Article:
I just returned from a great trip to New Mexico and as always I vowed to eat green chile on everything and wear more big hats and cowboys boots. So far, none of those have been happening- but I was inspired to make some posole for dinner and top it with our zuké kim chi.
I adapted this recipe from Rancho Gordo:
1/4 pound Rancho Gordo posole (whole dried hominy)
1 1/2 onions, white or red, peeled and halved
4 garlic cloves, peeled
15 to 20 tomatillos, paper skins removed ( I used some canned ones from this summer)
2 poblano chiles
1 serrano chile
2 tablespoons extra virgin olive oil
1 cup coarsely chopped cilantro
2 teaspoons dried Mexican oregano
1 1/2 quarts vegetable or chicken broth
Freshly ground black pepper
Soak posole overnight in water to cover generously. Drain.
Place it in a saucepan with fresh water to cover generously.
Add 1/2 onion, bring to a simmer, cover partially and cook at a gentle simmer until the corn kernels are tender, 2 to 3 hours; many will split open. Season with salt and cool in the liquid.
On a hot, dry griddle or skillet, roast the remaining halved onions, garlic, tomatillos and chiles, turning occasionally, until they are charred and slightly softened, 15 to 20 minutes. Work in batches if necessary.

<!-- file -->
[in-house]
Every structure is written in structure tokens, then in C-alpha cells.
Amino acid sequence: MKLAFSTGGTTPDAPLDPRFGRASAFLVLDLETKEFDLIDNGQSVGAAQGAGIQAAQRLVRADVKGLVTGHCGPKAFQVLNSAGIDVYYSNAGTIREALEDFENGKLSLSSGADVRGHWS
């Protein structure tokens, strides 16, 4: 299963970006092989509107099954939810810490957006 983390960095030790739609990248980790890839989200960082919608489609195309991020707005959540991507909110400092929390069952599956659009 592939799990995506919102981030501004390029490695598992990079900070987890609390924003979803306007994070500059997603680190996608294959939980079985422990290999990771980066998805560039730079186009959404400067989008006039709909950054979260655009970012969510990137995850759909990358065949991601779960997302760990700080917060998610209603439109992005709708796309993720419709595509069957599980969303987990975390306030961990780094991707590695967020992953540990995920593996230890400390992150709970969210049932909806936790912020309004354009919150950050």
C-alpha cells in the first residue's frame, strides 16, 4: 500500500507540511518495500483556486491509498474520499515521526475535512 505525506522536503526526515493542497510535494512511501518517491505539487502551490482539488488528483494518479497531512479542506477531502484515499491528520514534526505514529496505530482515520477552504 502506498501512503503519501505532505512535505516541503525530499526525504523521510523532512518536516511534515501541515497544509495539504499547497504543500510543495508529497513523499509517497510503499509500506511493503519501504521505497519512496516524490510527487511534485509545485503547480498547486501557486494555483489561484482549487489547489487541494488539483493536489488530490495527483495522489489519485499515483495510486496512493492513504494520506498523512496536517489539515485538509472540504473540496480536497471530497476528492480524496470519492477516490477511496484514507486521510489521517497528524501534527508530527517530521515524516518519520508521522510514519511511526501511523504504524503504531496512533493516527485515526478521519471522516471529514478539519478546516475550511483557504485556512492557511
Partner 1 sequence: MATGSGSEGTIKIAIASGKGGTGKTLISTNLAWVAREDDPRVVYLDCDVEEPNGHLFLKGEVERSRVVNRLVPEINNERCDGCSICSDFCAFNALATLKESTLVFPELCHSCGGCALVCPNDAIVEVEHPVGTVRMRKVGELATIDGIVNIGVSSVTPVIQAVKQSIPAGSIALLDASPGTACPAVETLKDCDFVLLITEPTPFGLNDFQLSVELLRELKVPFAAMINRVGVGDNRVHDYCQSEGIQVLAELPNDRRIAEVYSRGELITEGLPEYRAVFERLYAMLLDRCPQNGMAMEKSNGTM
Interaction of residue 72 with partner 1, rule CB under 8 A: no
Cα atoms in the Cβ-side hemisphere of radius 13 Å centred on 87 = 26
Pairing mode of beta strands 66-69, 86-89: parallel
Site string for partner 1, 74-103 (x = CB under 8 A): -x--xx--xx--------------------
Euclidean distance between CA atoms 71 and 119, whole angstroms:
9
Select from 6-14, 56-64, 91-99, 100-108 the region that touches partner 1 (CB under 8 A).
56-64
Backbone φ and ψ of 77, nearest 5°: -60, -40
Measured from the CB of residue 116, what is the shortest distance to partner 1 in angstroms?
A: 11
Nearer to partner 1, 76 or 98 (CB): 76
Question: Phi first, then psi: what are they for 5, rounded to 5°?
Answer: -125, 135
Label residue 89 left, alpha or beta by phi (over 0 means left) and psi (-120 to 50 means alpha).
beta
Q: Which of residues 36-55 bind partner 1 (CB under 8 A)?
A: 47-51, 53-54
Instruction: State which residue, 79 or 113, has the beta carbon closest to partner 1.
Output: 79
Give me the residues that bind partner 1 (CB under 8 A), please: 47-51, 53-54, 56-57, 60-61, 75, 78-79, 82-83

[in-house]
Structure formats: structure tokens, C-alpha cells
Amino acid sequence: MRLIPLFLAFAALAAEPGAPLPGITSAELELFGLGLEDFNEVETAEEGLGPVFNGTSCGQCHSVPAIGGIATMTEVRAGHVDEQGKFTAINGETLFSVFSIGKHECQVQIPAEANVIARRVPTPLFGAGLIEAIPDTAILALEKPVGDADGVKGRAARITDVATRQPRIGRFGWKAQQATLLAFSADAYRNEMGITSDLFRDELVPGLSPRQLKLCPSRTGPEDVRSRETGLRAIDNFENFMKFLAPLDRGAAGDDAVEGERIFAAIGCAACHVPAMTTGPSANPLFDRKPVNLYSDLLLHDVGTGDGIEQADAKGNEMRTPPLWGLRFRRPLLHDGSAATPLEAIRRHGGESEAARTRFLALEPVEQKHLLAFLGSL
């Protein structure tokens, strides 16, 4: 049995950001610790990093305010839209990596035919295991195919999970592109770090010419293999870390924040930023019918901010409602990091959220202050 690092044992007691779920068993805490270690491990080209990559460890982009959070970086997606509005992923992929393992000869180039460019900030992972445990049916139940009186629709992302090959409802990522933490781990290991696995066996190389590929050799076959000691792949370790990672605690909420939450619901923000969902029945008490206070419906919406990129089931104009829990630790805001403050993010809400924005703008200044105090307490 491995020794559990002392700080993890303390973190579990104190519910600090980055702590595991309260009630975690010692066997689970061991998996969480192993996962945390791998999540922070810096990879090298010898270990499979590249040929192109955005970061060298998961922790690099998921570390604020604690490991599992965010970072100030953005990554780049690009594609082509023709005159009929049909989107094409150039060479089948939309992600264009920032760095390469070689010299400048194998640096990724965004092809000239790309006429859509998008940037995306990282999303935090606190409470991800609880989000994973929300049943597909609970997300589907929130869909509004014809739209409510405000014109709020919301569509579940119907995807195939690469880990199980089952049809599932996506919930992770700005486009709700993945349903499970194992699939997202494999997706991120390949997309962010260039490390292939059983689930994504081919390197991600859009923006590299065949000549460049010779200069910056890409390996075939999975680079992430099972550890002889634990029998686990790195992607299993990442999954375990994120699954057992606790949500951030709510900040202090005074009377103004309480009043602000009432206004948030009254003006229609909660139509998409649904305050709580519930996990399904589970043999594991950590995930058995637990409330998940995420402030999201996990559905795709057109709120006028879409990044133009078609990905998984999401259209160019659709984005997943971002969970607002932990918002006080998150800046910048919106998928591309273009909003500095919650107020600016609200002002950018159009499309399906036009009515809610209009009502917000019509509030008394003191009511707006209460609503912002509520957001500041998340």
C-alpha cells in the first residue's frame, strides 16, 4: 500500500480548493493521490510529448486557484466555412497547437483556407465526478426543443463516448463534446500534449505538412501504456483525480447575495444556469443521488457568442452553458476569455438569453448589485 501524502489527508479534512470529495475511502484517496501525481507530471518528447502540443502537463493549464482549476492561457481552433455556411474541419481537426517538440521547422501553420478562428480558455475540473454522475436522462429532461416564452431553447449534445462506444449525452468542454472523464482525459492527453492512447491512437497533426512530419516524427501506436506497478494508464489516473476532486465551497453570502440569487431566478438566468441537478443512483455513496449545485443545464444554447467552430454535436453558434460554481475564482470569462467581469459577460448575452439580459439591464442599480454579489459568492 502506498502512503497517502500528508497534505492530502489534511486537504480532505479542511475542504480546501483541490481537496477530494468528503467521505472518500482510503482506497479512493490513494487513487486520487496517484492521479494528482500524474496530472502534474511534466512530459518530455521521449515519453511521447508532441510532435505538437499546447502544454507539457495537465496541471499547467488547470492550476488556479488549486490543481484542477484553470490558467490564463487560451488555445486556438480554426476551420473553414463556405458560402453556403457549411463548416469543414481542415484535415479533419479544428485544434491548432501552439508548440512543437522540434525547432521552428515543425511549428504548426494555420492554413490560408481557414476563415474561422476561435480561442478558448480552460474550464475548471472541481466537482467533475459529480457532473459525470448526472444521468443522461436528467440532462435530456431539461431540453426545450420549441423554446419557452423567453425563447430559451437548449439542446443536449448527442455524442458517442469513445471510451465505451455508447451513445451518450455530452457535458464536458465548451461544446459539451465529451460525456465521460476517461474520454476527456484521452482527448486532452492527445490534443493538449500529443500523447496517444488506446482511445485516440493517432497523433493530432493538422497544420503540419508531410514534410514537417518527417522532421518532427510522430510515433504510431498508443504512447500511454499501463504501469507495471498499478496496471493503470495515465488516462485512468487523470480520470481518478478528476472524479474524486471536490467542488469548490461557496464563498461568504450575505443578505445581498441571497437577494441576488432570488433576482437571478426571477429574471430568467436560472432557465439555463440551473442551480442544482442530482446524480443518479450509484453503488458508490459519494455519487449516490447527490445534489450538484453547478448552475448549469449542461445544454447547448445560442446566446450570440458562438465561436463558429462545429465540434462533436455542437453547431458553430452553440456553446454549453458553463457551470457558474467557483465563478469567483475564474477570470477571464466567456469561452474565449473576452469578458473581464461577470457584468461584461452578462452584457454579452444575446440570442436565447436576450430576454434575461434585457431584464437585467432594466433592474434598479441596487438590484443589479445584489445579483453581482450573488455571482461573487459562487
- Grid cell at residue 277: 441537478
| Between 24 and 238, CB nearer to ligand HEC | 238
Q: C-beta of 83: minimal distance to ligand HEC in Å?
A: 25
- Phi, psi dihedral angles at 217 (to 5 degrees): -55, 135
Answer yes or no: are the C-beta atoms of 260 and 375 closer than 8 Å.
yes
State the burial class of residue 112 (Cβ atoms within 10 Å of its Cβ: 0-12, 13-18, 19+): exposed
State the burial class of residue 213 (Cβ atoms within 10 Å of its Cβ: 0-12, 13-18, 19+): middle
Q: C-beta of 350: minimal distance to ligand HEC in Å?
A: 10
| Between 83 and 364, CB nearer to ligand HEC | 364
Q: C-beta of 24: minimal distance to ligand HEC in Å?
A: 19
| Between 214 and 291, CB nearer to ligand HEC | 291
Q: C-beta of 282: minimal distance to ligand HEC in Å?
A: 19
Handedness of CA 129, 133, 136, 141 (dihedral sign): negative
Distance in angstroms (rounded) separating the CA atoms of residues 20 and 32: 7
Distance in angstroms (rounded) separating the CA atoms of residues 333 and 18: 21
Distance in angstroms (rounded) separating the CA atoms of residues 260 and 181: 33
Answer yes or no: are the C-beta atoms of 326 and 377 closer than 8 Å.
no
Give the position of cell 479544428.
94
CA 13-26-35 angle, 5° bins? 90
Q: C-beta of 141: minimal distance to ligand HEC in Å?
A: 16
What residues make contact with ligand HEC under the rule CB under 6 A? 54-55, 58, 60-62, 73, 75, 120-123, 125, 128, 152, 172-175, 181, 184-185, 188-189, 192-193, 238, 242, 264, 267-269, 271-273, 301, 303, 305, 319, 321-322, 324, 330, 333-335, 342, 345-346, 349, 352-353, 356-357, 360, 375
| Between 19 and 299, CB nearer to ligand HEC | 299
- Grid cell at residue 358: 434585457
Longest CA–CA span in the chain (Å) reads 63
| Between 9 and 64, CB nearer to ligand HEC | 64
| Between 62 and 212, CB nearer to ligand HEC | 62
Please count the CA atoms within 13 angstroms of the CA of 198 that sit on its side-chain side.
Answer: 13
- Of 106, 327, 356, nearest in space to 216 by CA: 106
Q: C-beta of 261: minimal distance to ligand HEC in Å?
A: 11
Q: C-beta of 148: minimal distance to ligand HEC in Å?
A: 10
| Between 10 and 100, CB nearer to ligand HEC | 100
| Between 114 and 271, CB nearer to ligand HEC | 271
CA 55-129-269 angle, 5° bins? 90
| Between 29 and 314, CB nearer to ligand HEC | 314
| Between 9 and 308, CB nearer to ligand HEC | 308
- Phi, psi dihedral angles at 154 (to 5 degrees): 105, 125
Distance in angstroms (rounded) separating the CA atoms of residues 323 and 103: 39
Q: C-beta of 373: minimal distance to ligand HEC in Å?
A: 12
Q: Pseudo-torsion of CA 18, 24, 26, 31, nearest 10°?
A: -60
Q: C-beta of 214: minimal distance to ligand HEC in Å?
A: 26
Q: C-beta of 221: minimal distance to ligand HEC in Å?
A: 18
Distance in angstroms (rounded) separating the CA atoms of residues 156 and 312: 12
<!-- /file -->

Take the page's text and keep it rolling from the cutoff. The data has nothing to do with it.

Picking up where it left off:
Put the roasted poblano chiles in a paper bag to steam until cool.
Transfer the other vegetables to a bowl and let cool, collecting their juices.
Skin the poblanos, discarding seeds and stems. Discard the serrano chile stem but don’t skin or seed.
Put all the roasted vegetables in a blender, in batches if necessary, and puree until smooth.
Heat the oil in a large stockpot over moderate heat.
Add the vegetable puree and adjust heat to maintain a simmer. Cook, stirring occasionally, for 10 minutes to blend the flavors.
In the blender, puree the cilantro, oregano and 1 cup of the broth. Add to the vegetable mixture along with 4 cups additional broth.
Drain the posole and add it to the pot. Season with salt and pepper and return to a simmer. Thin with additional broth if necessary. Serve in warm bowls.
Top with kim chi.